When writing meets visual art meets music meets a sense of movement we can feel a deep sensorial experience that goes so far beyond what any individual discipline could express. Interestingly, two of the most poignant examples of this that I’ve experienced recently are in animated shows that bend the genre between drama and comedy. The first is pretty much the entire series Bojack Horseman, which I thought was going to be some light comedy while my wife was working late for a while and turned out to be a powerful depiction of the impacts of trauma, addiction, and fame. (I won’t go into it more because I personally hate spoilers, if you have seen it you know, and if you haven’t I highly recommend watching it!). And the second is a particular scene from Tuca and Bertie’s “Jelly Lakes” episode (trigger warning) that deeply moved me. [I don’t have the rights to link to a clip, but watch the episode and you’ll know what I mean]. This is also an illustration of how all art forms hold the ability to express emotions and experience that cannot easily be put into words. They come to life through a range of creative modes, I’m sure you have your own examples of being unexpectedly moved. The line between laughing and crying is a fine one, and energetically I’m not sure there’s much distinction.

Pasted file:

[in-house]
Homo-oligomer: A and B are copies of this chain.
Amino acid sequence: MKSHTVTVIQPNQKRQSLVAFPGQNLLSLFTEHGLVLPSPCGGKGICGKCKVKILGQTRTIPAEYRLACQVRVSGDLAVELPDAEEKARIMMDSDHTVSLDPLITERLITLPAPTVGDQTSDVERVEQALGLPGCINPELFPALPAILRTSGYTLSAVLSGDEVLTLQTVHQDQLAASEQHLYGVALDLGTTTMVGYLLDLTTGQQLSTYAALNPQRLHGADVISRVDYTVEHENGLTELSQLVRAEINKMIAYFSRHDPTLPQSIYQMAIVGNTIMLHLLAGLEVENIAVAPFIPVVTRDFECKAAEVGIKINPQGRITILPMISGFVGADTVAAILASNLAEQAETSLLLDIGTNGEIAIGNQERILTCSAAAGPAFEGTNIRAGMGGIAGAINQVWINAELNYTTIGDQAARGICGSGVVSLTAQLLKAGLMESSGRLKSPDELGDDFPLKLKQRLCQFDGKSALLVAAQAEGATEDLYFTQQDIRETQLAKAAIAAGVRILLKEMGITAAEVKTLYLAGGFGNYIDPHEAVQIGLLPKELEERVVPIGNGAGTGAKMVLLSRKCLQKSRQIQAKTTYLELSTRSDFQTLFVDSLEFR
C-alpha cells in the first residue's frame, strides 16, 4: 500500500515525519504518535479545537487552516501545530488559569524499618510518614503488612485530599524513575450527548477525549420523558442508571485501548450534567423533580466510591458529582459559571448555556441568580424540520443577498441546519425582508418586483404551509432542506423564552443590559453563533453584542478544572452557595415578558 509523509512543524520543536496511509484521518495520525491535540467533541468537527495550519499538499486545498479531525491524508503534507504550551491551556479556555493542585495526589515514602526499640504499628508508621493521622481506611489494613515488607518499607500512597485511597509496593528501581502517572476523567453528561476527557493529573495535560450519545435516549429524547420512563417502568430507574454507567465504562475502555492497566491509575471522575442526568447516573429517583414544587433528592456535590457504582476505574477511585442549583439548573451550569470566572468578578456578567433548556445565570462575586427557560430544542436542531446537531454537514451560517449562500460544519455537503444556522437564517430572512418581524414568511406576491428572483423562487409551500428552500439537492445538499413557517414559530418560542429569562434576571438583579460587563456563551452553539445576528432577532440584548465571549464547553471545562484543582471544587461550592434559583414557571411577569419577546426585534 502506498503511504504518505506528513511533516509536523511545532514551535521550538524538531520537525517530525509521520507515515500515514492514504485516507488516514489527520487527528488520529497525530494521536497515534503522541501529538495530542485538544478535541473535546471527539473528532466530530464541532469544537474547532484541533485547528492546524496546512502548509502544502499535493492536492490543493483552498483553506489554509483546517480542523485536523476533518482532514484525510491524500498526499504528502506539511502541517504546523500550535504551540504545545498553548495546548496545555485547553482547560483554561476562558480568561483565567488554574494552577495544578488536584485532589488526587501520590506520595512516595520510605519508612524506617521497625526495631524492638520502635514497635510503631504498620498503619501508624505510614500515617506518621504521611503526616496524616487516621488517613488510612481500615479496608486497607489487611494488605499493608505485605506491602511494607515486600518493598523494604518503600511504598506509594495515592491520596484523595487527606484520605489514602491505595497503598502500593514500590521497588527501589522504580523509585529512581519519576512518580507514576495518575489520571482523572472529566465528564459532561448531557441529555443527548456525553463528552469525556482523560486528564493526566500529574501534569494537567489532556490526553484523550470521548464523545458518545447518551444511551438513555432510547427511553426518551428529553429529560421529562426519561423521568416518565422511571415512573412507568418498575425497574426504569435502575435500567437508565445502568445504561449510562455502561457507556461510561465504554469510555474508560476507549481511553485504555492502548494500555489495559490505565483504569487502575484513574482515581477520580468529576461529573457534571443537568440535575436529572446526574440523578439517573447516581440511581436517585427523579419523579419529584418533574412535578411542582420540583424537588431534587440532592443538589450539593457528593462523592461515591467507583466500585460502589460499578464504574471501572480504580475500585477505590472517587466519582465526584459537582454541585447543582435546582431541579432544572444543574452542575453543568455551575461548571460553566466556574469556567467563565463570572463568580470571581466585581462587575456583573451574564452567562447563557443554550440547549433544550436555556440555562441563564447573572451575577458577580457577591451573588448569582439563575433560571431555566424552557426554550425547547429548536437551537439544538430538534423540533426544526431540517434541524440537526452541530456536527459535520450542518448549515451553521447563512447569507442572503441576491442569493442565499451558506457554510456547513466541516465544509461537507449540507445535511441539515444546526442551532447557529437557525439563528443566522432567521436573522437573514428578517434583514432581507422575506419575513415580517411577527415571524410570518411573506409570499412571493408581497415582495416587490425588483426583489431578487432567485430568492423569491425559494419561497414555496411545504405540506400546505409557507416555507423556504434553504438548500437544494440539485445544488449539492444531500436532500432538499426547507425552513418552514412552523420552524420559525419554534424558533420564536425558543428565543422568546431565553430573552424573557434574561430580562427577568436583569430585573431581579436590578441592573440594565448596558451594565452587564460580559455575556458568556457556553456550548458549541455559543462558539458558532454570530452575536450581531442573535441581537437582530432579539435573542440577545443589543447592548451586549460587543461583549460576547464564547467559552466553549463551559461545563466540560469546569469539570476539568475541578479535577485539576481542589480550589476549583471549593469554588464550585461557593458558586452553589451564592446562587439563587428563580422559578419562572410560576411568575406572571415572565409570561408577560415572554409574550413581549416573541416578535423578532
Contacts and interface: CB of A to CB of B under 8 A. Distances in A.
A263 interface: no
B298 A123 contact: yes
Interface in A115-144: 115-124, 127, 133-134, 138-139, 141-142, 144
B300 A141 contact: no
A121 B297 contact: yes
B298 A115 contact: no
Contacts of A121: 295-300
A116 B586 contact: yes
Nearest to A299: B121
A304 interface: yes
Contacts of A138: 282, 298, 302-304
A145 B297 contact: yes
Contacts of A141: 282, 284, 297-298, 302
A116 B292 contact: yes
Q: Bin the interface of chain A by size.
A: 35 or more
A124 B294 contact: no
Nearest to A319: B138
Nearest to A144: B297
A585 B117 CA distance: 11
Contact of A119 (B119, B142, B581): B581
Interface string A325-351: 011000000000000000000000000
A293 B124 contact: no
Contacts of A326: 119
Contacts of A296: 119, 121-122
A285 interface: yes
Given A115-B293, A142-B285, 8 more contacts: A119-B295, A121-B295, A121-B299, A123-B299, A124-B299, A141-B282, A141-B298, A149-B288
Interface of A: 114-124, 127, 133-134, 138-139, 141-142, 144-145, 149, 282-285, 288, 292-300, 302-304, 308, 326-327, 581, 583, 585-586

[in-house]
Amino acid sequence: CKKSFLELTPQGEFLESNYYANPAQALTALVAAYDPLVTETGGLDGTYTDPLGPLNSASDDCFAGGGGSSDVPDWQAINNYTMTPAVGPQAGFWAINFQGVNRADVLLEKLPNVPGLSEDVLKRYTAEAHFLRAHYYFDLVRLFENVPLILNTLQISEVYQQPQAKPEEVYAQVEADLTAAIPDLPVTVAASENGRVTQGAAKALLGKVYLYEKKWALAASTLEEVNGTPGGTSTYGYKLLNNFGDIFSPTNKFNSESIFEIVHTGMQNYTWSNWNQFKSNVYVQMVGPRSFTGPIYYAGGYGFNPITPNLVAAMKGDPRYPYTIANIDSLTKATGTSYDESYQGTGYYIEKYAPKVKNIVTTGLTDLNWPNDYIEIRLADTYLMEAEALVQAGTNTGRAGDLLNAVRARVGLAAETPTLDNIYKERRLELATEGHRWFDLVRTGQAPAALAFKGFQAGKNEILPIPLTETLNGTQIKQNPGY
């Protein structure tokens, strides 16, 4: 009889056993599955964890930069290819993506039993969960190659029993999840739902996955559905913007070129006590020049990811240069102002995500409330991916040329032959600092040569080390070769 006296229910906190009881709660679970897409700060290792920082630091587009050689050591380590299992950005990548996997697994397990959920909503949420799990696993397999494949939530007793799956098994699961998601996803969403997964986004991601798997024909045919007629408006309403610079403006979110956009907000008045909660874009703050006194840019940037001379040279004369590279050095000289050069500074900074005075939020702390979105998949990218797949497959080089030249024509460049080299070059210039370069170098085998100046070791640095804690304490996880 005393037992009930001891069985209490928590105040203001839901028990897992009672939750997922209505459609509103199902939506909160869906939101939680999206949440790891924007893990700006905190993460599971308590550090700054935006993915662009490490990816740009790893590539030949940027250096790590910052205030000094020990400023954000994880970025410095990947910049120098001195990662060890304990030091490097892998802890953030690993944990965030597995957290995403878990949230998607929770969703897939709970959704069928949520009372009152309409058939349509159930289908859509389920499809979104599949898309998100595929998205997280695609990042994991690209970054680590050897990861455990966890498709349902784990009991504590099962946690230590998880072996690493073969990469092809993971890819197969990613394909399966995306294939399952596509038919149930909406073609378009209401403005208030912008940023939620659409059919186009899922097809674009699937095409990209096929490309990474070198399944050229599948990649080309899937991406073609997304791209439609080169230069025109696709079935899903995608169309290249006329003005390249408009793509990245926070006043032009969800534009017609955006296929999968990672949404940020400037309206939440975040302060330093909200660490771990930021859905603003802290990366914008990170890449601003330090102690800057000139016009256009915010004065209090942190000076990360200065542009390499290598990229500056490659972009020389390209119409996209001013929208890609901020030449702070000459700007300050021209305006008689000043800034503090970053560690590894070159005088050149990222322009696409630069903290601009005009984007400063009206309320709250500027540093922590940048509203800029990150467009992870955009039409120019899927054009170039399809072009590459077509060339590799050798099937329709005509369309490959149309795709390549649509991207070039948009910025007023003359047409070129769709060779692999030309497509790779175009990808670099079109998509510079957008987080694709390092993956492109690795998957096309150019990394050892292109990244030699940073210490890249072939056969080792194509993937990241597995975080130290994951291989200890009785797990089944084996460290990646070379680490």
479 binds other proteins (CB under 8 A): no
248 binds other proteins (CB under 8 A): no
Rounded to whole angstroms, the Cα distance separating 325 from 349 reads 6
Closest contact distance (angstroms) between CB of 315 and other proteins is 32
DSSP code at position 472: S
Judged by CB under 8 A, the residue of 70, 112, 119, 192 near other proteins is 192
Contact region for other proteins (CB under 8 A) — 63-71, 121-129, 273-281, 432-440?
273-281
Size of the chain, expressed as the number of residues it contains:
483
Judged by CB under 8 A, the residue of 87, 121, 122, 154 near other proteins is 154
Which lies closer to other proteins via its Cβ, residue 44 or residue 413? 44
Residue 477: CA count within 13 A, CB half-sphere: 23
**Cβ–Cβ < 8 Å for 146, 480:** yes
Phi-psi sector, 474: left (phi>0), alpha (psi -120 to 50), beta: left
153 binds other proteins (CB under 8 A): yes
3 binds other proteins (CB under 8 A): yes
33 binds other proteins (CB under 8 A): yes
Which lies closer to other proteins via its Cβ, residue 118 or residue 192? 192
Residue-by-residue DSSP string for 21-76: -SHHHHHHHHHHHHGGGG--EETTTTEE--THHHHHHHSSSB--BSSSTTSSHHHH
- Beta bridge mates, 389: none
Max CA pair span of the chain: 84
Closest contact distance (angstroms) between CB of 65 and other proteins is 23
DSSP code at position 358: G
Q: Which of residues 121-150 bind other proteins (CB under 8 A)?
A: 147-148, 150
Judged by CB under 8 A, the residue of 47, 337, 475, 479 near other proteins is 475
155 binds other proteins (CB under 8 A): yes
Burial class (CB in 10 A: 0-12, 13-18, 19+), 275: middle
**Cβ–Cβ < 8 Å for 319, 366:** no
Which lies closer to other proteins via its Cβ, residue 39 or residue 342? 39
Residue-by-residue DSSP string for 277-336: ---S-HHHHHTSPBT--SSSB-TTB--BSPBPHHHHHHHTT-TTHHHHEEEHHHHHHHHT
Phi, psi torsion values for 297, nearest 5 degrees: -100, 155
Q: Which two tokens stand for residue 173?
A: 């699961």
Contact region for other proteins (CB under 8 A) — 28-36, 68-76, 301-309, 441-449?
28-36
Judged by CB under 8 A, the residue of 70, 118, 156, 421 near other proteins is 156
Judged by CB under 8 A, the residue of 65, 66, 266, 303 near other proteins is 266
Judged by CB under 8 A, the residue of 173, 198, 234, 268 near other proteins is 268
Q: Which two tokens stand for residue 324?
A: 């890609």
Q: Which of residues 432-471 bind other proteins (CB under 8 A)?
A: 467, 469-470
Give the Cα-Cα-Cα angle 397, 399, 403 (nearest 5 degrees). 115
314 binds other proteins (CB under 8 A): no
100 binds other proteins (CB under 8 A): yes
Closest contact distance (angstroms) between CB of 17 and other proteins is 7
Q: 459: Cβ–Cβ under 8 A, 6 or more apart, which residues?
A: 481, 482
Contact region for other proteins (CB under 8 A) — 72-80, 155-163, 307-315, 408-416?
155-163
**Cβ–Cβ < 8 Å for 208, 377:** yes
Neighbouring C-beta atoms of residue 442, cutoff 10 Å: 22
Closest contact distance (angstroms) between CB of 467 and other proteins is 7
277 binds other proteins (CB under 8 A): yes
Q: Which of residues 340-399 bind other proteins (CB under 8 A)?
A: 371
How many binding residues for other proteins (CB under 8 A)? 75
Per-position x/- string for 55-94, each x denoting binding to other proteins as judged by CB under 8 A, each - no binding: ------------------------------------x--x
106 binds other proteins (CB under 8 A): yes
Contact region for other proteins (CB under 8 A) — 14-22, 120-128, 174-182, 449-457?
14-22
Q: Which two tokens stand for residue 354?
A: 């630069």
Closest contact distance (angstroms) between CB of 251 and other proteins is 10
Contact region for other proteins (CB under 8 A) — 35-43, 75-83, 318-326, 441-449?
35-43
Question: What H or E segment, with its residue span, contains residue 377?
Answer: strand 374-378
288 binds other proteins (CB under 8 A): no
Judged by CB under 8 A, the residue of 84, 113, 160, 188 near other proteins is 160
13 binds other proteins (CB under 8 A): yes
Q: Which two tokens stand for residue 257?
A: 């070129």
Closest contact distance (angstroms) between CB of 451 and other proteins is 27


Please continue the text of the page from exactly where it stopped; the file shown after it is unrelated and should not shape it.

Water, Mikella Millen, 2022

Sometimes we forget that to create is our birthright, we can all express artistically. The encouraging of those with “talent” to pursue the arts while discouraging others, the emphasis on focusing practice on skills that will provide a “stable income,” and the overall focus on giving up “childish things” to focus on more serious endeavors are just a few of the reasons why our creativity is dampened. To create is to experience alchemy, to transmute energy. In Art Therapy we might say it’s a venue for sublimation. From the perspective of the chakra system our creative drives are housed in the second chakra (Sacral Chakra), along with sexuality and passion. It is an essential gateway to access the totality of our energy, to experience flow and connection, and one of the most unique aspects of being human.

I was reminded by the presence of some pretty interesting artists in my recent mediumship class that creativity is often quite spiritual. It is being inspired to bring something into existence from the void. Sometimes it feels as if it already existed, as if it’s being guided from beyond instead of “created by us.” Inspired, this summer I started approaching my altar building as a form of art making and dropped into a creative groove I haven’t felt in a long time.